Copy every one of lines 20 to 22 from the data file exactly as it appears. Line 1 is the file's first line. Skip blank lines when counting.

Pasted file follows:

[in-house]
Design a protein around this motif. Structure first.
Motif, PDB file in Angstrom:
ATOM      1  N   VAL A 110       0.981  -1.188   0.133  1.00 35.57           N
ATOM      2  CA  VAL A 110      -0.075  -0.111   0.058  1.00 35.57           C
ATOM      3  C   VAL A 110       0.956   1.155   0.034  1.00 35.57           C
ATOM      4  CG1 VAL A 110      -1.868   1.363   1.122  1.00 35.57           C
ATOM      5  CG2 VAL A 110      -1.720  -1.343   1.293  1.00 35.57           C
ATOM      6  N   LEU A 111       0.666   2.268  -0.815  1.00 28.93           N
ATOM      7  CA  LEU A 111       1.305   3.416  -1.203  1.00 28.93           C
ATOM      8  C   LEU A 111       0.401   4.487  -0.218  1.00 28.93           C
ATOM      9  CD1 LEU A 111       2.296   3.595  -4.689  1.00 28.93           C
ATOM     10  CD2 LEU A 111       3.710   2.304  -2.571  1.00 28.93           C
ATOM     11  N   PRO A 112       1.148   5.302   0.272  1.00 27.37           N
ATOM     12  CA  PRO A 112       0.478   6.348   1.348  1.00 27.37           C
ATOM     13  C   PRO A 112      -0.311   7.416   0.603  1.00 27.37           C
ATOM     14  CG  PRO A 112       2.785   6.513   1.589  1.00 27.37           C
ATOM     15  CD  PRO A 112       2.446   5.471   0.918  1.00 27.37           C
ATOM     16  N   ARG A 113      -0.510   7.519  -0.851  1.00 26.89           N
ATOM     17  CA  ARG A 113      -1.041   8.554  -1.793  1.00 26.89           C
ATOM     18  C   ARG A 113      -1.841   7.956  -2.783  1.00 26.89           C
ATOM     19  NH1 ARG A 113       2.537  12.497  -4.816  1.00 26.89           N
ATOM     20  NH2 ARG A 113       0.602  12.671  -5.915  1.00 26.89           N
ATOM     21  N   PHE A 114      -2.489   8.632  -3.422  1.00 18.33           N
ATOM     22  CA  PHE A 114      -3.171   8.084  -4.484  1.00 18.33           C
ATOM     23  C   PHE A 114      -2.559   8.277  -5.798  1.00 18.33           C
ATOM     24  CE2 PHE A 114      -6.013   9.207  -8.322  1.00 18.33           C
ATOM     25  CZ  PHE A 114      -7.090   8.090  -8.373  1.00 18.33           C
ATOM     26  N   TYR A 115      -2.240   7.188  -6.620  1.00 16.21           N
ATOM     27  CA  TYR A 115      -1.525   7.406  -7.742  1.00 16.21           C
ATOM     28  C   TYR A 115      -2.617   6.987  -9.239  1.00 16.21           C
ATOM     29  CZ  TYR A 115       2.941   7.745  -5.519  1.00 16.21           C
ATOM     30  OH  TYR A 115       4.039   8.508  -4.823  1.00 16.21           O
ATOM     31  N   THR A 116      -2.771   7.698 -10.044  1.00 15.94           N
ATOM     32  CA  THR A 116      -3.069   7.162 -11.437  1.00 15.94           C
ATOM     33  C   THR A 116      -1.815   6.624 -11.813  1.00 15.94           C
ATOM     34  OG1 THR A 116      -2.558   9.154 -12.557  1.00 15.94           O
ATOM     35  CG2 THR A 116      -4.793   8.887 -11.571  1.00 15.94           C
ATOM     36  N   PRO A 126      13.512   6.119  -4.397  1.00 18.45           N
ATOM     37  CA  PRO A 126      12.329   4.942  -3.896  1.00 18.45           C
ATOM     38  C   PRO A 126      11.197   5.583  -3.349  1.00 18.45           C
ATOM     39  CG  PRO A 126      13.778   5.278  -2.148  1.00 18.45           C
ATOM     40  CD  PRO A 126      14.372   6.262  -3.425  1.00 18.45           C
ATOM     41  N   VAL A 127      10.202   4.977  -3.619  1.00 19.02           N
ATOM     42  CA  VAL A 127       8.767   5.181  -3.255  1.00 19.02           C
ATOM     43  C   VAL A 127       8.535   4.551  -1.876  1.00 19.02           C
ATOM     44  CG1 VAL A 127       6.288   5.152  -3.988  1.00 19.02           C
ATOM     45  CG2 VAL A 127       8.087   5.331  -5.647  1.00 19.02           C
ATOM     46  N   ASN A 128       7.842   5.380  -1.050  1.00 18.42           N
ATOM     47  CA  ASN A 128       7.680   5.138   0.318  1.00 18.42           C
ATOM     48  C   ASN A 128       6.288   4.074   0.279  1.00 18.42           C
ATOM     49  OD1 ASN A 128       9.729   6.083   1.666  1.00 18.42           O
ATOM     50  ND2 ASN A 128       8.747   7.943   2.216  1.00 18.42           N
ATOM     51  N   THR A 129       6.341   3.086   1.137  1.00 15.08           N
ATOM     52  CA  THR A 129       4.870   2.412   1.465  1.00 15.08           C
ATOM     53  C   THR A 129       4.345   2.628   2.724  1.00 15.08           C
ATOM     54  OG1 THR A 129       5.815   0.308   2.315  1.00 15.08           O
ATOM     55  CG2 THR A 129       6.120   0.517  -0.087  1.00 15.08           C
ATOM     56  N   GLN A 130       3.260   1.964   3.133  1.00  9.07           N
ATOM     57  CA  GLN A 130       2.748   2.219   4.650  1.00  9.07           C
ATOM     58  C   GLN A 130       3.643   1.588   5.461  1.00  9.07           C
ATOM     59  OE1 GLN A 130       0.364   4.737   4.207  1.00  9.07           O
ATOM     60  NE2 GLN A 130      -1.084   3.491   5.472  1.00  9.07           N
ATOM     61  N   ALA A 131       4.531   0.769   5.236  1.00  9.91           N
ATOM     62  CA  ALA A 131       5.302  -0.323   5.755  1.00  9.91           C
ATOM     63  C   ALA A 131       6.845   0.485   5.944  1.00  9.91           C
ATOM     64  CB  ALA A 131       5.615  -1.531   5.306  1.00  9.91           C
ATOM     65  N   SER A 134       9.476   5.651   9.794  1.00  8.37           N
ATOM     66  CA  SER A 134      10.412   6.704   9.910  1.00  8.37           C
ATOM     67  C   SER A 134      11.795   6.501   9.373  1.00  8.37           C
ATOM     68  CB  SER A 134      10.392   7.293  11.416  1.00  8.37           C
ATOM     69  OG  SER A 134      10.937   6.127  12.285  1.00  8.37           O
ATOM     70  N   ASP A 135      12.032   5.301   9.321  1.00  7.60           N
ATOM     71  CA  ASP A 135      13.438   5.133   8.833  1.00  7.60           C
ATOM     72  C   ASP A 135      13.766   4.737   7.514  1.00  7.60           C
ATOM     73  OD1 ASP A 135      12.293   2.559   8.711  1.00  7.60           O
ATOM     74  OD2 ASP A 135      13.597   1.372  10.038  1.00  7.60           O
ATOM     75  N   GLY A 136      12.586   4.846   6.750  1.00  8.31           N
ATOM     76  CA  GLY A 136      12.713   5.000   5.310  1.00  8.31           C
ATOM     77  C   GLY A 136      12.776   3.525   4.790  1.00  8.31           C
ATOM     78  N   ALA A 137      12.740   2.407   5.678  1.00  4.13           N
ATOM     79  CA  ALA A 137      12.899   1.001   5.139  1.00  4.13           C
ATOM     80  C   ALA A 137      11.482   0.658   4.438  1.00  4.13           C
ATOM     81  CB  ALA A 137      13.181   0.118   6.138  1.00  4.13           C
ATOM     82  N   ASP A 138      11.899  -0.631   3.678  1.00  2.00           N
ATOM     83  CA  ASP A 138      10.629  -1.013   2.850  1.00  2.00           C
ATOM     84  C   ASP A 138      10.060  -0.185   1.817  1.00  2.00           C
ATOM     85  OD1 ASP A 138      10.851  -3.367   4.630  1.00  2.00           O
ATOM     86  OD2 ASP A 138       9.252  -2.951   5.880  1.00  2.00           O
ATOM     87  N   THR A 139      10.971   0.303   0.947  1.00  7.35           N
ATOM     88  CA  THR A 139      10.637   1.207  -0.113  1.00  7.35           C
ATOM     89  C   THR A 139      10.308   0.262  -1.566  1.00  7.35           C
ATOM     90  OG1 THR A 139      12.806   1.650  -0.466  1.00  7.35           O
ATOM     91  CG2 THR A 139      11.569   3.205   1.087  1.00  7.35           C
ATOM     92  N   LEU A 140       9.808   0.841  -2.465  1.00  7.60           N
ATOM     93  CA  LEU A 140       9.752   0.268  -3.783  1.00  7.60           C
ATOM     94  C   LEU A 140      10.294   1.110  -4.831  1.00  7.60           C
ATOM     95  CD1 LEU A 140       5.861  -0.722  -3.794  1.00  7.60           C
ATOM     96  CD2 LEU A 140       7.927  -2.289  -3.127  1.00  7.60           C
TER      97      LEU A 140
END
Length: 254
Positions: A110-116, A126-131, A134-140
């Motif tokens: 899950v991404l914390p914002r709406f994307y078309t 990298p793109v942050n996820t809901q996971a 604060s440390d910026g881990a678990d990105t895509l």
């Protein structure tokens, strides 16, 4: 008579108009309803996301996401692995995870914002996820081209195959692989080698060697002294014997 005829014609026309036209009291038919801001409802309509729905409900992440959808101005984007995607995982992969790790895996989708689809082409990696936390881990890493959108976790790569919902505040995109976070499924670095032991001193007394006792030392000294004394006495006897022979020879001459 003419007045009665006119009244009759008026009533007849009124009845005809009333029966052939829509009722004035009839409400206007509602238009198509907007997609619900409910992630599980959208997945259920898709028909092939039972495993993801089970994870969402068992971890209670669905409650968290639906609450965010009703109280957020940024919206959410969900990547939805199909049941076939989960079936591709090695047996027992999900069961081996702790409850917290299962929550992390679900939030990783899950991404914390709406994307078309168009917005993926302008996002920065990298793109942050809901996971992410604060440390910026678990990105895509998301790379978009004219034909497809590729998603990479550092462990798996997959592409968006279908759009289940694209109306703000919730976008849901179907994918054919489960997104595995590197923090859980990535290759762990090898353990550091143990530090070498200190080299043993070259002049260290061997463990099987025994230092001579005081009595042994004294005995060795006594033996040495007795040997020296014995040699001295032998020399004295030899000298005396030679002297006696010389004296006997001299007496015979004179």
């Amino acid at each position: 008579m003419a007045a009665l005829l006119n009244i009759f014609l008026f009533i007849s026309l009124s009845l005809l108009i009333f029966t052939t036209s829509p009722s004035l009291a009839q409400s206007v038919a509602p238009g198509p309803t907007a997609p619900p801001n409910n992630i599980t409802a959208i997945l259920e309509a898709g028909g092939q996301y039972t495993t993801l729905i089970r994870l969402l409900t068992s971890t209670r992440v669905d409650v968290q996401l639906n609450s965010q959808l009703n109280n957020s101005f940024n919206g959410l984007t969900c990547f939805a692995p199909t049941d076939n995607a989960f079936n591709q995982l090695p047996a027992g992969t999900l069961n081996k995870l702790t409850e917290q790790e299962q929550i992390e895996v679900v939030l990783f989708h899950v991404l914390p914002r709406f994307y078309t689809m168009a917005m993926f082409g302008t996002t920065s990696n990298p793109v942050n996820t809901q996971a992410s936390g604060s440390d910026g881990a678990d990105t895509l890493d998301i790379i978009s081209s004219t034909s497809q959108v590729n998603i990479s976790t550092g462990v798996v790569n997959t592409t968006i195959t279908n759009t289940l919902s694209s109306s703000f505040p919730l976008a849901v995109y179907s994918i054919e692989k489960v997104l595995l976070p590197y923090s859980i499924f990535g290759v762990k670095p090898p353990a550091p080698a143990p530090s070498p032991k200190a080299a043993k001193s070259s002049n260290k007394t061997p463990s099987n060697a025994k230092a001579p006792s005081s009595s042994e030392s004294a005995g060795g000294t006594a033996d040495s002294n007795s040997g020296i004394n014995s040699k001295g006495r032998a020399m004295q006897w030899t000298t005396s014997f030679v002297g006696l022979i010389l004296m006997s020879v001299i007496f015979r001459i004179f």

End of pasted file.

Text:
ATOM     17  CA  ARG A 113      -1.041   8.554  -1.793  1.00 26.89           C
ATOM     18  C   ARG A 113      -1.841   7.956  -2.783  1.00 26.89           C
ATOM     19  NH1 ARG A 113       2.537  12.497  -4.816  1.00 26.89           N